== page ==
Alleged Russian APT28 Used Spy Tools to Hack Hotels and Steal Info

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Russian APT28
HypnoArt | Pixabay.com

An infamous cyber-espionage group was discovered by security analysts exploiting the same spy tools behind the WannaCry and NotPetya ransomware attacks.

Cyber security researchers from FireEye divulged in a blog post that an alleged Russian group is targeting travelers and hotels across Europe and the Middle East to steal data. The post read:

“FireEye has moderate confidence that a campaign targeting the hospitality sector is attributed to Russian actor APT28. We believe this activity, which dates back to at least July 2017, was intended to target travelers to hotels throughout Europe and the Middle East.”

Hackers now use #EternalBlue exploit to infiltrate hotel guest networks!Click To Tweet

APT28, also know as Sofacy, Sednit, Pawn Storm, and Fancy Bear, was found attempting to steal credentials from high-value guests of European and Middle Eastern hotels through their WiFi networks.

Russians Use NSA Spy Tools to Steal Information

Fancy Bear is an infamous hacking organization which many security firms have linked to Russian intelligence. The said group is believed to have been operating since around 2007. They have been accused of hacking the Democratic National Committee and the Clinton campaign in an attempt to influence the 2016 United States Presidential election.

Daily Stormer | dailystormer.com
Daily Stormer | dailystormer.com

According to FireEye, the hacking campaign launched by Fancy Bear exploits EternalBlue, a vulnerability that takes advantage of a version of Windows’ Server Message Block (SMB) networking protocol to infiltrate networks.

It should be remembered that EternalBlue, together with other spy tools, were leaked in April by the infamous Shadow Brokers hacking group. These tools that were designed to target Windows PCs and servers were said to be used by U.S. intelligence services and the National Security Agency to conduct surveillance.

With the code out in the open, several cyber criminal groups took advantage of it; such was the case with the WannaCry ransomware and NotPetya outbreak.

Experts also believed that several hacking groups are using the NSA spy tools to boost their malware. However, this is the first time that a cyber criminal organization was actually spotted in the act.

In a statement to ZDNet, Cristiana Brafman Kittner, Senior Analyst at FireEye said:

“This is the first time we have seen APT28 incorporate this exploit into their intrusions, and as far as we believe, the variant used was based on the public version.”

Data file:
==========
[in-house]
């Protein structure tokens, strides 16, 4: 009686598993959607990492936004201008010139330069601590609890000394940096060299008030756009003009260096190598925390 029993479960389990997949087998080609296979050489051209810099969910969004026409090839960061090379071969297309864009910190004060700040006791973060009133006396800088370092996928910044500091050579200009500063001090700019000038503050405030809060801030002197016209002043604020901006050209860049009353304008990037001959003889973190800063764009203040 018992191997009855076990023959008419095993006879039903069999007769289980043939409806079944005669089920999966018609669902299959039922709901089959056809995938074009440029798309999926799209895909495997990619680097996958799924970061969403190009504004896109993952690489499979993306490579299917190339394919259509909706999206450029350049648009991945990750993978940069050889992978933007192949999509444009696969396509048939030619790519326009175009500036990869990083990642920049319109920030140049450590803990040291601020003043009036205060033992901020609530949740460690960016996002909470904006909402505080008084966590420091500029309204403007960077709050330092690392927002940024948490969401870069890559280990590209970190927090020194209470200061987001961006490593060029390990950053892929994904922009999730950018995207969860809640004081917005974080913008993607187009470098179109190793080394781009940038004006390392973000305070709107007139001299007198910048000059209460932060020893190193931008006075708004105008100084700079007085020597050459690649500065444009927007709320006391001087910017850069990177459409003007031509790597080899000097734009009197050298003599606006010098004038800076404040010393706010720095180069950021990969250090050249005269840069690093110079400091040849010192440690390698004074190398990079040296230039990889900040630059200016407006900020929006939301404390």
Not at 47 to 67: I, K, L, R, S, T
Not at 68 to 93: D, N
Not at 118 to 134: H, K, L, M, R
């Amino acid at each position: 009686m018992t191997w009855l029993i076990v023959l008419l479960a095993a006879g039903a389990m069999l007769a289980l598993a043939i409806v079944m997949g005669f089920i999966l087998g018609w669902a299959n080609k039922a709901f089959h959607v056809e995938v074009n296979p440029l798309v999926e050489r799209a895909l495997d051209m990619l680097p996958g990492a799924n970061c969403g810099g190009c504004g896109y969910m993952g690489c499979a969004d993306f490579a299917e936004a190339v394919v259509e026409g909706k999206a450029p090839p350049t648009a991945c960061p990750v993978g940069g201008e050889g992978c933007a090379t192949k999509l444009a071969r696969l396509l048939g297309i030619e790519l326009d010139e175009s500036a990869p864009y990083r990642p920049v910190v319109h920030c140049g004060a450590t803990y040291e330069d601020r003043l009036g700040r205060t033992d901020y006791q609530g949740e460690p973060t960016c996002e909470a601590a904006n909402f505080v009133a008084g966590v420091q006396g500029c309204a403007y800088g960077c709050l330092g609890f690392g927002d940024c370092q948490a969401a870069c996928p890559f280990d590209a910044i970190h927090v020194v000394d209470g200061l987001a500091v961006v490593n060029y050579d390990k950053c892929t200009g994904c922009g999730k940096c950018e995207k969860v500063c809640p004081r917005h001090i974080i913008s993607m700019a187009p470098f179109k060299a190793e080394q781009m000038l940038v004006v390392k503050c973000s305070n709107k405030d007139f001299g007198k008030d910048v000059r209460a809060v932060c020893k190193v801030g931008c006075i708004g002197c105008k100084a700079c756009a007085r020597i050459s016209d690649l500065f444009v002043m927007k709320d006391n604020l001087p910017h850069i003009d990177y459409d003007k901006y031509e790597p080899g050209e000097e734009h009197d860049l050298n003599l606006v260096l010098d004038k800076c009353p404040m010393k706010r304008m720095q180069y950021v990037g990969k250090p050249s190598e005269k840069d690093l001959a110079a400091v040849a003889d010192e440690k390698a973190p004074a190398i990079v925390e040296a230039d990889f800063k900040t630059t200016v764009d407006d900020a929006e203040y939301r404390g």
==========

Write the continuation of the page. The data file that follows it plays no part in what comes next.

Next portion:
The Attack Process Using Spy Tools

According to threat analysts, the hacking attack starts with email phishing. FireEye apparently discovered “malicious document sent in spear phishing emails to multiple companies in the hospitality industry, including hotels in at least seven European countries and one Middle Eastern country in early July.”

Once the macro within the malicious document is successfully executed, APT28’s signature Gamefish malware will be installed in the computer. Once Gamefish is installed, it will use the spy tool EternalBlue to find machines that control both administrative WiFi and guest networks.

The malicious document – Hotel_Reservation_Form.doc, contains a macro that base64 decodes before deploying APT28's Gamefish malware. | FireEye | fireeye.com
The malicious document – Hotel_Reservation_Form.doc, contains a macro that base64 decodes before deploying APT28’s Gamefish malware. | FireEye | fireeye.com

After gaining access to the said machines, the malware will then deploy an open source Responder tool to steal information sent over the wireless network.

The post from FireEye stated that no guest credentials were stolen at the compromised hotels. However, they cited an incident in Fall 2016 when APT28 gained initial access to a victim’s network via credentials allegedly stolen from a hotel WiFi network.

This is not the first time that hackers targeted hotel guests. It was reported that a South Korean hacking group known as Fallout Team or DarkHotel, carried out a separate but similar attack against Asian hotels to acquire information from top executives of large global companies during their business trips.

U.S travelers are advised to refrain from using hotel WiFi and other public networks, especially in foreign lands. Instead, security experts suggest using mobile device hotspot to gain Internet access.

Do you ever use hotel WiFi or other public internet networks during your travels abroad? Let us know in the comment section below!

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